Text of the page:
18. Philipp, Thanks for the response. This is very helpful. This makes sense now. I had noticed the use of the dereference operator, and it had caught my attention since the initiator_socket hadn't been declared as a pointer. But it didn't occur to me to look into that further. I think perhaps I was too distracted with my search through the inheritance hierarchy. Thanks again, Patrick
  19. I am a bit confused by the usage of the b_transport function in the file examples/tlm/common/src/lt_initiator.cpp. The lt_initiator class has a simple_socket_initiator member that is calling the b_transport function, and I’m trying to figure out how the simple_socket_initiator class is getting access to this function. The only connection in the inheritance hierarchy I’ve been able to find between simple_socket_initiator and the b_transport function is a distant link through a friend declaration in the tlm_base_target_initiator class. I’ve drawn a diagram showing this connection. This diagram is attached. I could be wrong, but I don’t think that this connection would allow the simple_socket_initiator to access b_transport. I am lead to the conclusion that I think there is some other connection between simple_socket_initiator and b_transport that I am not seeing. At runtime, simple_socket_initiator’s b_transport function call is getting resolved to simple_target_socket’s implementation. I’m just not sure how this resolution is happening. Any help anyone can offer is appreciated.
  20. I just found this discussion on this topic, which was very helpful. However, any additional thoughts that anyone might have on the topic are appreciated.
  21. Hello, In my previous modelling efforts with SystemC, I have, in general, used SystemC FIFOs for communication in abstract models. I have learned the basics of TLM and gone through a couple of examples, but it isn't clear to me what the advantages are of TLM over FIFOs. Someone has explained to me that there are performance advantages of TLM. However, for my purposes, I am not so concerned with performance. Does anyone have a reference that presents the advantages of TLM over more conventional communication mechanisms in SystemC? Any help is appreciated. Thanks, Patrick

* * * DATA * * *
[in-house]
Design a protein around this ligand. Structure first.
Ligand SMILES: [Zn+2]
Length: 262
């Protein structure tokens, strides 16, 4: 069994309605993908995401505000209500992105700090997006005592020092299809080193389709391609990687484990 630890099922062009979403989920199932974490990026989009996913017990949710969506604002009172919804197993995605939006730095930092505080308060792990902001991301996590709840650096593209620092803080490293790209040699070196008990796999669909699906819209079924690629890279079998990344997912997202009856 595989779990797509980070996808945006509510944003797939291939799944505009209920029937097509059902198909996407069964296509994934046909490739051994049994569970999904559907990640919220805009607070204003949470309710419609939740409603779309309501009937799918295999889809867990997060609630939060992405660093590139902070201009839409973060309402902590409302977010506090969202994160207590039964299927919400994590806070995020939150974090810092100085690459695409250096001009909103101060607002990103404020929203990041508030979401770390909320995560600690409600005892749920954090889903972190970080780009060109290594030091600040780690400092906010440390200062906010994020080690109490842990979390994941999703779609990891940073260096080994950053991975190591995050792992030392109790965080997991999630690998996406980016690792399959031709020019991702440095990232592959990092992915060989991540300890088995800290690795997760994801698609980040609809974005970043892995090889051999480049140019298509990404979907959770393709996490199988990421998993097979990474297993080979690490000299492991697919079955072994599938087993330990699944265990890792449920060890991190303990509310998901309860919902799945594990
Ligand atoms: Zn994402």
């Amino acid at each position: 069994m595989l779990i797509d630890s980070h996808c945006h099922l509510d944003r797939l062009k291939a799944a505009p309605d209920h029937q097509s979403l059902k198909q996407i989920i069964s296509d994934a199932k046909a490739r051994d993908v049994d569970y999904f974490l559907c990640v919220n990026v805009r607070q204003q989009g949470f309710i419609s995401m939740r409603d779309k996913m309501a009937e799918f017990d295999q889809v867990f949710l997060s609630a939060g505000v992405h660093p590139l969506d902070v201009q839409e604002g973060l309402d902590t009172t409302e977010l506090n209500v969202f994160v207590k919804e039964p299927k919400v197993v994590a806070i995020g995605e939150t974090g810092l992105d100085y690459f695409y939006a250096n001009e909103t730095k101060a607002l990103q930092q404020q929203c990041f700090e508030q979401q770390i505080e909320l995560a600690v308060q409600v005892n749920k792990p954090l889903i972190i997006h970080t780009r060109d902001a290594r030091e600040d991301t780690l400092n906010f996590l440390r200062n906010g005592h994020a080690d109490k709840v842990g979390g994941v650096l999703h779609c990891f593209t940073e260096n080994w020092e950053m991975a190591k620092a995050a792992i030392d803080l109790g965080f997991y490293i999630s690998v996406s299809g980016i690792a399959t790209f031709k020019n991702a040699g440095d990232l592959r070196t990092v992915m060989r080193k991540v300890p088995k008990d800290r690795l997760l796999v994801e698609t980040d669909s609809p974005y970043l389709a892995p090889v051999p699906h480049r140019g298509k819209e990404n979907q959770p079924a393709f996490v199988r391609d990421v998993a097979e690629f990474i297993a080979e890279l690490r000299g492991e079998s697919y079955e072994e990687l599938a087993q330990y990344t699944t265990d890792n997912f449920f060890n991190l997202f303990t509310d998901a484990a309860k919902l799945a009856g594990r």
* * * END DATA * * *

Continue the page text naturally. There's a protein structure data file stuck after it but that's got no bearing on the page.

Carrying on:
22. Jens, Sumit- I haven't tried what Jens has proposed with OpenMP, so I can't speak from experience. However, my understanding is that Jens is perhaps not trying to parallelize a single call to sc_main, but rather trying something akin to creating multiple processes, each from its own sc_main. If each sc_main is isolated from the others, perhaps each could have its own elaboration. This seems to me like something that might be feasible. However, I would not think that SystemC's internal processes (i.e. sc_methods, sc_threads, etc.) could be synchronized across processes in such an environment. Regards, Patrick
  23. I am learning about TLM to determine its feasibility for modeling component interfaces among modules that aren't modeled in SystemC. That is, I want to use TLM to model interfaces among components modeled with, say, C++ and/or VHDL. I want to be able to leave out sc_main and sc_start completely. Is TLM useful in such a context, or does it require the use of sc_main and sc_start? Thanks, Patrick
  24. Thank you for the responses, everyone. This is quite helpful. I will keep an eye out for ongoing efforts to parallelize SystemC. Regards, Patrick
  25. I am interested in learning whether SystemC supports parallel simulation - that is, utilizing multicore processor or multiprocessor systems to speed up simulations. I see in the SystemC 2.1 Features document the specification of a function sc_spawn. Does this function spawn an new Linux process? Near the end of the Features document, there is mention of thread support based on Posix threads. Does building SystemC with pthreads enabled allow for multi-threaded simulations? If so, is a thread created for each SC_THREAD and SC_METHOD, or is some other approach used? Any help is appreciated. Patrick